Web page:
The arrival of an empty taxi made her swallow her tears. She held out the address to the taxi driver and, twenty minutes later, found herself in the front yard of a narrow red house with a pointed roof while the darkness surrounded her and rain mercilessly pelted her and her luggage. As fast as she could, she rolled the suitcase to the front door and rang the bell.
No answer. She rubbed her hands together and blew on them to heat them up. She rang a second time. Nothing. He teeth chattering, she peered through the stained glass windows of the front door. She couldn’t make out anyone, but a light was on, so someone must be there. Lord, at least she hoped there was; if not, she didn’t know where else to go.
She knocked and, after a minute that seemed like an eternity, the door finally opened.
“Hello?” said a beautiful brunette of about her age, half greeting her and half inquiring.
“Hola, I mean, hello. I’m Sara and. . .”
“You speak my language,” the young woman interrupted, switching to Spanish with a Central American accent. “Are you looking for one of the boys, Sara? Because no one is here; they all went out.”
“No, actually, I came about the room for rent. I reserved it a few days ago.”
The young woman shook her head in unequivocal negation.
“That’s impossible; there must be some error. The ad clearly says we rent only to men. Better luck next time,” she said, starting to shut the door.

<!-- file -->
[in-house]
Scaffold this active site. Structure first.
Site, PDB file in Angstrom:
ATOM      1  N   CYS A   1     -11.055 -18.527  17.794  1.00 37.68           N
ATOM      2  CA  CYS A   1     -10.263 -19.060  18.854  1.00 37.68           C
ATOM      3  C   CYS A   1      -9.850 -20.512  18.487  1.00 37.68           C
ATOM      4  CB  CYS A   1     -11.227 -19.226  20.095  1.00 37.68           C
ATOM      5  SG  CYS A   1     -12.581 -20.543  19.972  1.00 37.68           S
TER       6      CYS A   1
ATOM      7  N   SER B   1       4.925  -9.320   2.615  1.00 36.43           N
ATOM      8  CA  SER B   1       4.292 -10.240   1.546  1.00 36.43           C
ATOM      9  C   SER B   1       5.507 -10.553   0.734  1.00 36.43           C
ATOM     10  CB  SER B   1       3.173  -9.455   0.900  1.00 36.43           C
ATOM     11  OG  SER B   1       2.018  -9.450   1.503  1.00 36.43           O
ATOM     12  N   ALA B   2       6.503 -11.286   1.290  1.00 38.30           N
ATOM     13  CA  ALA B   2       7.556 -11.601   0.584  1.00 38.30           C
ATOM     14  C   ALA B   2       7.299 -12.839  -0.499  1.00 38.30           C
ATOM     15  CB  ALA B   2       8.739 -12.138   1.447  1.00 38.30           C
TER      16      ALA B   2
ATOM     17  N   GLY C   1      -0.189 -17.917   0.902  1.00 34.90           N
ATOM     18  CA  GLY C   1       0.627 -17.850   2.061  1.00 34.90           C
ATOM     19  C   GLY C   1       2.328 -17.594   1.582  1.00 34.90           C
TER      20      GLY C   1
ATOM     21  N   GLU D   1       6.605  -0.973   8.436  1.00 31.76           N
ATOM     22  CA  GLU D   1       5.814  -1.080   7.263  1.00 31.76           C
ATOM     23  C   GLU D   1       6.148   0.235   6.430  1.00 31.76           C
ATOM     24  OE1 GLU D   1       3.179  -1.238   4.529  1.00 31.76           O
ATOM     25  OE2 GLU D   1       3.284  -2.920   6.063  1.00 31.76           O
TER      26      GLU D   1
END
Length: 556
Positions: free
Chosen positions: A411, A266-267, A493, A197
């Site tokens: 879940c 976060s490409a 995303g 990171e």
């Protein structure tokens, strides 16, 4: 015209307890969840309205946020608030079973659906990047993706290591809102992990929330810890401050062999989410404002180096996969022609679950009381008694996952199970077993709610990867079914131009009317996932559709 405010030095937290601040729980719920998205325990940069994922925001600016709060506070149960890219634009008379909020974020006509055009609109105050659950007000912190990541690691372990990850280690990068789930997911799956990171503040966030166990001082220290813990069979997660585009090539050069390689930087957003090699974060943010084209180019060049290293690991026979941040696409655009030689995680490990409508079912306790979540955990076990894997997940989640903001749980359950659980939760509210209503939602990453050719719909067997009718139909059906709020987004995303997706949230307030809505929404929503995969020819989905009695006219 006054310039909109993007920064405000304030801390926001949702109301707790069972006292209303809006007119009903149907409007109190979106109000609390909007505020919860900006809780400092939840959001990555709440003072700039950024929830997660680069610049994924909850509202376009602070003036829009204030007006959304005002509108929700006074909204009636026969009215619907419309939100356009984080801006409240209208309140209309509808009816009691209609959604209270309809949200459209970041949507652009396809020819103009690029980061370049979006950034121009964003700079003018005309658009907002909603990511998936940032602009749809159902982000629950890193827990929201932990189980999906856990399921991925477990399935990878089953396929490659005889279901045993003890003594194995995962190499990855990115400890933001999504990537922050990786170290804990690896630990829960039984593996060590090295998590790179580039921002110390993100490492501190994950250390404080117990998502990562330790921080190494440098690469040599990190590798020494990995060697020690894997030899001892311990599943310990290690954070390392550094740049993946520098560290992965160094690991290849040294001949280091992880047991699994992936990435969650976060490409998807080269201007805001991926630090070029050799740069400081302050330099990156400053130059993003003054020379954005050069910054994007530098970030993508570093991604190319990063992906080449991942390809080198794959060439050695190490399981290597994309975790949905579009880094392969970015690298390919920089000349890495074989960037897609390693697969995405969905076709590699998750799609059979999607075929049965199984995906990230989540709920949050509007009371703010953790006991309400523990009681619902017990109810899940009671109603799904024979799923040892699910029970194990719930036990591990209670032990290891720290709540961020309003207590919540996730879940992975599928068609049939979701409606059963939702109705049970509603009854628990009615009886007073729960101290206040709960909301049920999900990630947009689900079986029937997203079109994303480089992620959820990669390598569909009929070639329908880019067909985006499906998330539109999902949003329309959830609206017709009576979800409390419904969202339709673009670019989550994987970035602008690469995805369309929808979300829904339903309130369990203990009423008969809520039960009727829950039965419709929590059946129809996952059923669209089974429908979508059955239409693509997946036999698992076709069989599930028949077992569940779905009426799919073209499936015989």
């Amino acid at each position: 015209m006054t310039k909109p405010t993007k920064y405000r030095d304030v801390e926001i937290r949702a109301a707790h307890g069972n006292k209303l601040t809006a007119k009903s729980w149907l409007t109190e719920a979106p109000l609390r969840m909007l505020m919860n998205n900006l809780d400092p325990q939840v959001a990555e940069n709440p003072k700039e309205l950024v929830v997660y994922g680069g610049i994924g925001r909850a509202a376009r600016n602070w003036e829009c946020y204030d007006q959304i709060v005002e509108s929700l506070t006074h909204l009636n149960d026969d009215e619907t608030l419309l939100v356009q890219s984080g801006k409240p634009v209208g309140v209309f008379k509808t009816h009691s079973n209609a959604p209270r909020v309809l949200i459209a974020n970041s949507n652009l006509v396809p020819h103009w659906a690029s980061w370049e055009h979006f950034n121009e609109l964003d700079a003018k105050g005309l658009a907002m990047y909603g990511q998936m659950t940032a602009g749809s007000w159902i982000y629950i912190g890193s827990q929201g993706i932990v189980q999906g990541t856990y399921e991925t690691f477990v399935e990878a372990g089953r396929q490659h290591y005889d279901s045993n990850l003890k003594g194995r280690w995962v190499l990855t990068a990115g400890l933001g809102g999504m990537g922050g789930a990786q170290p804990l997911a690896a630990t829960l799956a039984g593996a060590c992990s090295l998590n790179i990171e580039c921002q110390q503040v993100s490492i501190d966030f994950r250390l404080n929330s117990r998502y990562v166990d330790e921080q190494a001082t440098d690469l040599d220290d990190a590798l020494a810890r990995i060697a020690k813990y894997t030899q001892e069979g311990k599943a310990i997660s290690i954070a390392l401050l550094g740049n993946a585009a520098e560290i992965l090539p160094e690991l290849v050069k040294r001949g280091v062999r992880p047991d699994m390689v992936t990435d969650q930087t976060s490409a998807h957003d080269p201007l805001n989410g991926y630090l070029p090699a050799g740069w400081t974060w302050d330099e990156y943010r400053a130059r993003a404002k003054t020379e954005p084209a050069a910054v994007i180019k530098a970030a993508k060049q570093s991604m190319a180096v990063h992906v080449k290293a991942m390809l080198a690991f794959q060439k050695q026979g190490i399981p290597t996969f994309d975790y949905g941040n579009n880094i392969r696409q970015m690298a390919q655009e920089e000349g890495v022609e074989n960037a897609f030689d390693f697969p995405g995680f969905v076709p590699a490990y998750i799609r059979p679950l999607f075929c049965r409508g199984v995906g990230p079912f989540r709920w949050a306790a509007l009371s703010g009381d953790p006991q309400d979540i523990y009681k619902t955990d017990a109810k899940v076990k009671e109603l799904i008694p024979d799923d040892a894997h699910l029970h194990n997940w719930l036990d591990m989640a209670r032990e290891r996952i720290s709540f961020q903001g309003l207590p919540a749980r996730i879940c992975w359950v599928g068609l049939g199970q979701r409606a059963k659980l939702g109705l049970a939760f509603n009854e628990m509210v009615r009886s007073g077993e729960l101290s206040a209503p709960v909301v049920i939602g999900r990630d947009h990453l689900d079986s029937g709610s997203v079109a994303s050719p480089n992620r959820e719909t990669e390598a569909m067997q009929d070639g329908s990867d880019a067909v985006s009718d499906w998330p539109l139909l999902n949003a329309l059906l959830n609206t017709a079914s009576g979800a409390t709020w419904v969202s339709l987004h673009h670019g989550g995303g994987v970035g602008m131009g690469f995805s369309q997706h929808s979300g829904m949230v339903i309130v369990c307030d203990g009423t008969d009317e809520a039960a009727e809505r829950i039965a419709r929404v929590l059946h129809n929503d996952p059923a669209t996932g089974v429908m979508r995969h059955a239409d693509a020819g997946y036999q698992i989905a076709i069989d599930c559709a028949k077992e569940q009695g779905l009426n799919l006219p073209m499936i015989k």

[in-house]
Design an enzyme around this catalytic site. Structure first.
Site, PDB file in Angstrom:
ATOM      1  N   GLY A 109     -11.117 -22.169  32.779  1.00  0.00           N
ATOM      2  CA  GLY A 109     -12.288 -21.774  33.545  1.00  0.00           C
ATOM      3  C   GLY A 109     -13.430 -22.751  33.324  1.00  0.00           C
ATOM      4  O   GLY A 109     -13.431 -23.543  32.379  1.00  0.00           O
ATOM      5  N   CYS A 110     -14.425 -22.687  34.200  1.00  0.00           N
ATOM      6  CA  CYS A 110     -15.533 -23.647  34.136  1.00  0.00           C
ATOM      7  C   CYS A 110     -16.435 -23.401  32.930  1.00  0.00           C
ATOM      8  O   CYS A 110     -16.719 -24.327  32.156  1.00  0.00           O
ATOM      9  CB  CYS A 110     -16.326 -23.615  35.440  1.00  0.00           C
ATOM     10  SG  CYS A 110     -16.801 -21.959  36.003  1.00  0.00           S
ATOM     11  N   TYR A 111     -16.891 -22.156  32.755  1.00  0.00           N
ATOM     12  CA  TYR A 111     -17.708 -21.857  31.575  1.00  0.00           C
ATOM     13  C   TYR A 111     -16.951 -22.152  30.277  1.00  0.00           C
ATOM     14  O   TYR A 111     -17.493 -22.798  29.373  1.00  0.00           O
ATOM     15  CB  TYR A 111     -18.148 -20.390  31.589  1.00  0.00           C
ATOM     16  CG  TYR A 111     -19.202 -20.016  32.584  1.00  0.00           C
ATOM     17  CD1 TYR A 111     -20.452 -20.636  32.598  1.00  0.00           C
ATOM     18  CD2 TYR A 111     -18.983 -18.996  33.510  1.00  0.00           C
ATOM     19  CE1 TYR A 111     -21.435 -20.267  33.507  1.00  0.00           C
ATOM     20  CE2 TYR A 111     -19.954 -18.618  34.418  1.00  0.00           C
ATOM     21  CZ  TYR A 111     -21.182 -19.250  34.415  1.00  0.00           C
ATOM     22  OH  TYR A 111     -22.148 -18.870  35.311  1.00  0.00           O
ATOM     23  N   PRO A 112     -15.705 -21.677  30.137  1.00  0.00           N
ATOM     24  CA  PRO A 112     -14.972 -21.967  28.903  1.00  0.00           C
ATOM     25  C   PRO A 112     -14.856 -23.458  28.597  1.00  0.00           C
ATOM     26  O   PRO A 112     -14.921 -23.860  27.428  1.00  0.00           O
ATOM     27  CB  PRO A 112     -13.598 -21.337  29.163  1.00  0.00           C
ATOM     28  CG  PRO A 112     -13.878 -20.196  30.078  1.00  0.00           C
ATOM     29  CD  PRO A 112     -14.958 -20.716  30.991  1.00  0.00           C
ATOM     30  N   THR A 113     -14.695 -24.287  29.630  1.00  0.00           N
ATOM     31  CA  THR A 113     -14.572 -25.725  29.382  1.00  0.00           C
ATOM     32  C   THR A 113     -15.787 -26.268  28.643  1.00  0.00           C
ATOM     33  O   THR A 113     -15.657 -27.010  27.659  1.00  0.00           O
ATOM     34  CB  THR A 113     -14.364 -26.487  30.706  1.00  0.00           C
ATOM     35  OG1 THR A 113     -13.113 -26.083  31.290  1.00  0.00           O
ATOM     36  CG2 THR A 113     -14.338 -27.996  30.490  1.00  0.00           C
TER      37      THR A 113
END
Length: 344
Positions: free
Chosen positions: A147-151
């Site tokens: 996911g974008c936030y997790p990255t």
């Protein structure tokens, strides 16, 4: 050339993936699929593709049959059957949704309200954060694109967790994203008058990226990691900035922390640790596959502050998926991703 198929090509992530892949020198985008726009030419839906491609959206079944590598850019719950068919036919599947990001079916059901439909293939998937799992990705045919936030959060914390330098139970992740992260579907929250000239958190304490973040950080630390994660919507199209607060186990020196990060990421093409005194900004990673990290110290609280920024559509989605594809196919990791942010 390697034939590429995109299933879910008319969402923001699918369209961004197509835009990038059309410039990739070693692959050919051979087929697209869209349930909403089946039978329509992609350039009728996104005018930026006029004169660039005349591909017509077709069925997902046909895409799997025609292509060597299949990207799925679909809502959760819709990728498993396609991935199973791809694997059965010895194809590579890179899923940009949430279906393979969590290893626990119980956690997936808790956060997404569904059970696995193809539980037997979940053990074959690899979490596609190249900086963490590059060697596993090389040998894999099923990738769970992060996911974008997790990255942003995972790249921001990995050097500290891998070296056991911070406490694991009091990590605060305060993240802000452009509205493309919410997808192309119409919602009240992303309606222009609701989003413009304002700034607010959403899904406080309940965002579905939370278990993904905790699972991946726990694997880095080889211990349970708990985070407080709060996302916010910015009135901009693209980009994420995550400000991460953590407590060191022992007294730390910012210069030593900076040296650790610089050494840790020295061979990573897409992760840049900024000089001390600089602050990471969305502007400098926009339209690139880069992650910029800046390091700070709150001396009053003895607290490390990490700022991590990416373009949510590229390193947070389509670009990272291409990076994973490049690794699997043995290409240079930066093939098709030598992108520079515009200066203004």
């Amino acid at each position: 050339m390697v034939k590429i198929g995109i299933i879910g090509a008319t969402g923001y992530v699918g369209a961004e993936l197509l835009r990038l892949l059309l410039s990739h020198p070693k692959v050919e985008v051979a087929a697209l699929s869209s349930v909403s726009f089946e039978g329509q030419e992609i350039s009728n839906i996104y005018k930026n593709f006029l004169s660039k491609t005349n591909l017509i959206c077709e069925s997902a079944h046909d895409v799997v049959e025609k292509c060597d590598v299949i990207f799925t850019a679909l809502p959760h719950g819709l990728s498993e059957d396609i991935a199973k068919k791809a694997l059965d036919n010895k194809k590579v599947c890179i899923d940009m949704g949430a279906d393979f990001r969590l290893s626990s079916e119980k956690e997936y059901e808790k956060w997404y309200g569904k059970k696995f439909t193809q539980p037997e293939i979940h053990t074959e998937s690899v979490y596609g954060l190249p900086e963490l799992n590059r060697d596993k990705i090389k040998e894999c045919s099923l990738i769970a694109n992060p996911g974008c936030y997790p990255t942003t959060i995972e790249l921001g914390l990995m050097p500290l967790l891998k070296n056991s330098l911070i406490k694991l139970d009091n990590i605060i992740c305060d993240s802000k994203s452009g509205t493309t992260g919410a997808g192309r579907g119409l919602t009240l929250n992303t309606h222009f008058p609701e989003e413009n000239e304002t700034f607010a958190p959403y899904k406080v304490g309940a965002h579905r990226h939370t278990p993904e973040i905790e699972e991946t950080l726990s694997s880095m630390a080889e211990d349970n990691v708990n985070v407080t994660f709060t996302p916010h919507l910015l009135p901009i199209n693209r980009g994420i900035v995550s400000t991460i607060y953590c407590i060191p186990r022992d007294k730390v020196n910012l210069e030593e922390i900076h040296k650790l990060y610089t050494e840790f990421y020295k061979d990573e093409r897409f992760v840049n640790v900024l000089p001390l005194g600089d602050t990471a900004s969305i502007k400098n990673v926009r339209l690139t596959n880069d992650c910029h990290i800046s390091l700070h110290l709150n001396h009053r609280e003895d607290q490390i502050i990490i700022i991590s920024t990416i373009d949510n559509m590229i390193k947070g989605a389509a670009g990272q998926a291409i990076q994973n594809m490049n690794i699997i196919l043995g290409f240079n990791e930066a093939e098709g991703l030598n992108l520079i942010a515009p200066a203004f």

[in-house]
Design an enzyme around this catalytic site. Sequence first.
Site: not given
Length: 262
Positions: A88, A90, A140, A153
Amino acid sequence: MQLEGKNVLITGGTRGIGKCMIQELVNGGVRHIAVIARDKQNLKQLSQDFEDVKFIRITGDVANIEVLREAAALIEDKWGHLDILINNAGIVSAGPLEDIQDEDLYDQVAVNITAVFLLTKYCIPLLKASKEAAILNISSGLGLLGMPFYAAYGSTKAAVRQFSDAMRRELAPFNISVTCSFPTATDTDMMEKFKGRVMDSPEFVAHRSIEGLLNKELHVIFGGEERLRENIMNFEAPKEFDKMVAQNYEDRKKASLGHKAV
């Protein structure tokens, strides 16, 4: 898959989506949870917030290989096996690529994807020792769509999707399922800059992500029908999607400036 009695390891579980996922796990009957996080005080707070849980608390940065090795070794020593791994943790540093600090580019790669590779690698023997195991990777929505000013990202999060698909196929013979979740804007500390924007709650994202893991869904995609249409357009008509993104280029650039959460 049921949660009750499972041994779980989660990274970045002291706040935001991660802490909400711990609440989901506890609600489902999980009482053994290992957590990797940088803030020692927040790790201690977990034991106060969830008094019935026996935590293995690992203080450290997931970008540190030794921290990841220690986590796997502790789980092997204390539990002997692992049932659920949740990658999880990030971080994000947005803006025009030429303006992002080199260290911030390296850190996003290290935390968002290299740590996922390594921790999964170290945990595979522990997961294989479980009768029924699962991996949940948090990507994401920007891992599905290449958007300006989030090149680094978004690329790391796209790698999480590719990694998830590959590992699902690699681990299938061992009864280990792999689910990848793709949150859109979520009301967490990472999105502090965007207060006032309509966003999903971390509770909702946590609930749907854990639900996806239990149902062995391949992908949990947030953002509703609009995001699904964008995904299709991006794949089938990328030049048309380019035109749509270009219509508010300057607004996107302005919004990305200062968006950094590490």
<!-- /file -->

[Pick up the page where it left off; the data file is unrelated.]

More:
Sara’s stomach tied up in knots as she imagined herself looking for a place to stay somewhere else, in an unknown city, in the middle of the rain and darkness.
“Stephen Brennan gave me the address!” said Sara hurriedly. “He told me to come here.”
The young woman opened the door again and studied her, frowning.
“Stephen? He told you to come? Are you sure?
“Yes, he gave me the address. I came straight from the airport.”
The young woman looked at Sara’s luggage, which was collecting water, forming an enormous pool. When she saw that its owner didn’t seem to be in much better shape than the luggage, her expression softened.
“Come in while we clear up this misunderstanding.” She opened the door and gestured to a spot near the entrance. “If you like, you can leave your things there. I’m Fran, by the way.”
My favorite quote from What I love about Dublin is:
Daniel shuddered at the long-awaited sound of his name, and pressed his forehead against hers, mixing their breaths.
“Admit that I’m more than a friend to you,” he pleaded hoarsely. “Be honest with me and admit that you’re dying for me to kiss you. You’re dying for that kiss as much as I am,” he whispered, his words dissolved into a soft panting.